A briefing from Wragge Lawrence Graham & Co suggests that many members of LLPs (who are usually referred to as partners) may be considered workers under the Pensions Act 2008 and are potentially subject to automatic enrolment.
Associative Discrimination in employment law
13 June 2014
The Court of Appeal has ruled on the question whether an employer's duty to make reasonable adjustments extends to an employee associated with a disabled person.
We are grateful to Daniel Barnett for the following case summary:
The Court of Appeal upheld the EAT's decision in the case of Hainsworth v Ministry of Defence that the employer’s duty does not extend to employees associated with a disabled person. The Appellant was a civilian employee of the British armed forces, based in Germany. The Appellant herself was not disabled, but she had a daughter with Down's syndrome. The Appellant requested a compassionate transfer to the UK to enable her daughter to access specialist education and training facilities. Her request was refused. The Appellant brought a claim alleging the refusal amounted to a breach of the obligation to make reasonable adjustments. Previous case law (Coleman v Attridge Law) had held that claims of associative discrimination can apply to direct discrimination claims. However in Hainsworth, the Court of Appeal held that the wording of the Equality Act 2010 and Article 5 of the Equal Treatment Framework Directive only applies to reasonable adjustments for the assistance of disabled employees or prospective employees, and any attempt to stretch this to cover a disabled person associated with an employee is "doomed to failure".
Does the death of a worker extinguish his or her right to paid annual leave?
16 June 2014
The European Court of Justice has ruled on the question of whether a right to paid annual leave is lost on the death of the worker.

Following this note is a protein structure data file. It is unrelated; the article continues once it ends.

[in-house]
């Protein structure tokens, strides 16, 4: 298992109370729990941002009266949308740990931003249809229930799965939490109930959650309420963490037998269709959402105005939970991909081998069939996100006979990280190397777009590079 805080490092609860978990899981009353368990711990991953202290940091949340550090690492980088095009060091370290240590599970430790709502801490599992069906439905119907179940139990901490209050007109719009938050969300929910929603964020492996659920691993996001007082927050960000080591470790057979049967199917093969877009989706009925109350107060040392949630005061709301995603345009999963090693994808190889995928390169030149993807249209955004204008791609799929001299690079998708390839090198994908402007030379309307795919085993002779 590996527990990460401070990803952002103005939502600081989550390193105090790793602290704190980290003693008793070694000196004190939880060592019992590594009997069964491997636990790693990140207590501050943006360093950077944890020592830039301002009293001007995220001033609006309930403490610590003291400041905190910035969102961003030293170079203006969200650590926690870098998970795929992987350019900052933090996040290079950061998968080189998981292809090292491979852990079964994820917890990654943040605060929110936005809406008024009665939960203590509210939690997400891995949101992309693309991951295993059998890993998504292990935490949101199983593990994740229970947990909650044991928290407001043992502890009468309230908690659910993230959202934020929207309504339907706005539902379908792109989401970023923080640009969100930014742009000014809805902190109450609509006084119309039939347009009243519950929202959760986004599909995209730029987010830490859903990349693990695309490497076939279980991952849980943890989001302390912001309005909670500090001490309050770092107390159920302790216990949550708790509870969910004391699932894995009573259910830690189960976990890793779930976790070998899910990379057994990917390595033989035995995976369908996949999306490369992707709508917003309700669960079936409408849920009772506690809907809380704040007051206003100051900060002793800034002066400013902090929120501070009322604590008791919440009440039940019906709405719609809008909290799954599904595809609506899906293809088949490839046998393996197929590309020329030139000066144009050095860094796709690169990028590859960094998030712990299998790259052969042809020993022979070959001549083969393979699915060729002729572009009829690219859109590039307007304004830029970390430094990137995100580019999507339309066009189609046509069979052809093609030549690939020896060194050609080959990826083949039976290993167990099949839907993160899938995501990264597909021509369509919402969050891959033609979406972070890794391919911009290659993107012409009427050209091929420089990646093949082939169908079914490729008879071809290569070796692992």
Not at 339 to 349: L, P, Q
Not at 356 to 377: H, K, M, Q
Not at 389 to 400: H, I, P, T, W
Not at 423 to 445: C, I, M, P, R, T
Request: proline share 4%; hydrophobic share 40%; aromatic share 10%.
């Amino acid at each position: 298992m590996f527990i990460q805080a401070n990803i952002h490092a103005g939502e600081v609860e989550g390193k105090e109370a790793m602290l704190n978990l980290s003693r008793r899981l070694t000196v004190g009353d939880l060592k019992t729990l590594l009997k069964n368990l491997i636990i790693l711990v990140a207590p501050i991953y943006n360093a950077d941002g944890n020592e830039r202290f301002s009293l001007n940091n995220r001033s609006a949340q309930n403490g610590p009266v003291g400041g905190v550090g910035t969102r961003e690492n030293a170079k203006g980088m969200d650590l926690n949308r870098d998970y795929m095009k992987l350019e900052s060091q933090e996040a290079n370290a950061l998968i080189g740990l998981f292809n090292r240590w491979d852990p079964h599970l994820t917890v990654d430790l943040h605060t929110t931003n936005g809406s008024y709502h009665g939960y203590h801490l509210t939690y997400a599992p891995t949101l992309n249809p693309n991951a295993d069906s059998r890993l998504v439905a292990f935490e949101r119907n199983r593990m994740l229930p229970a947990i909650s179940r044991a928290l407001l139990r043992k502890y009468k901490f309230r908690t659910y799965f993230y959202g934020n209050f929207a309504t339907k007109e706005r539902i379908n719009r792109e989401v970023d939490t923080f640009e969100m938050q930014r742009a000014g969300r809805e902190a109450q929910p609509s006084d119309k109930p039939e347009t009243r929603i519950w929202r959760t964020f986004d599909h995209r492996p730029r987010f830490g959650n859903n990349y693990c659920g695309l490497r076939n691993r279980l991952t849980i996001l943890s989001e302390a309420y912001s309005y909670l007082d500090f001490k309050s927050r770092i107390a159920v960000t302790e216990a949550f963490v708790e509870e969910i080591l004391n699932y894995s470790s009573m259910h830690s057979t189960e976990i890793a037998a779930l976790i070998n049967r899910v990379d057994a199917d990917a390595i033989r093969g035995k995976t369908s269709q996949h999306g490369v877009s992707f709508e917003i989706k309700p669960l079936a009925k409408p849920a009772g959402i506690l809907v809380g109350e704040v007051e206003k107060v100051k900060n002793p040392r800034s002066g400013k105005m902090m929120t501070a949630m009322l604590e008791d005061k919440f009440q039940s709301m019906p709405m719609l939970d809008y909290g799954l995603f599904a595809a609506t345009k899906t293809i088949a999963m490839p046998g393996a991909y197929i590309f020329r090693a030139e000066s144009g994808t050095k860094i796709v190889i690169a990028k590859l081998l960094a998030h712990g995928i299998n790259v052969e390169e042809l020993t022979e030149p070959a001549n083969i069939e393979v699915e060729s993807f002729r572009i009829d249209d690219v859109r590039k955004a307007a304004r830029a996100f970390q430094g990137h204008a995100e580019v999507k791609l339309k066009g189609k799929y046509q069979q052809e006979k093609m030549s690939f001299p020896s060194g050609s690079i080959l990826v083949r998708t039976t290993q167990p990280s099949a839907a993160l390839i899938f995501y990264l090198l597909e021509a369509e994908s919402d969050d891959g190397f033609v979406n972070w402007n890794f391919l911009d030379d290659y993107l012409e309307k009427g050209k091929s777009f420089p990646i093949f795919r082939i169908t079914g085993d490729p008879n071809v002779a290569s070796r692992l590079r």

Here is Daniel Barnett’s report of this ruling:
The Court held in the case of Bollacke v Klass & Kock B.V.that the answer was no.
Mrs Bollacke's husband was employed by the Respondent until his death in service on 19 November 2010. At the date of his death he had accrued 140.5 days of untaken annual leave (since he had been on extended sick leave). On a reference from the German court, the ECJ noted that Article 7 of Directive 2003/88, entitled 'Annual Leave', did not provide for any derogations to be made from its provisions, nor was there any qualification on the right to annual leave (save that payment in lieu could be made where the employment relationship had terminated). The Directive treats entitlement to leave and to payment on that account as being two aspects of a single right. This right is an essential principle of EU social law, and a restrictive interpretation of Article 7 could not be taken by the Court. If the entitlement to pay in lieu (of annual leave untaken on death in service) was curtailed, this would retroactively lead to the total loss of the entitlement to paid leave itself. Nor, given the wording of the Directive, could an application from the worker be a prerequisite to the entitlement to pay in lieu of untaken
CIPP Policy News Journal
08/04/2015, Page 108 of 521
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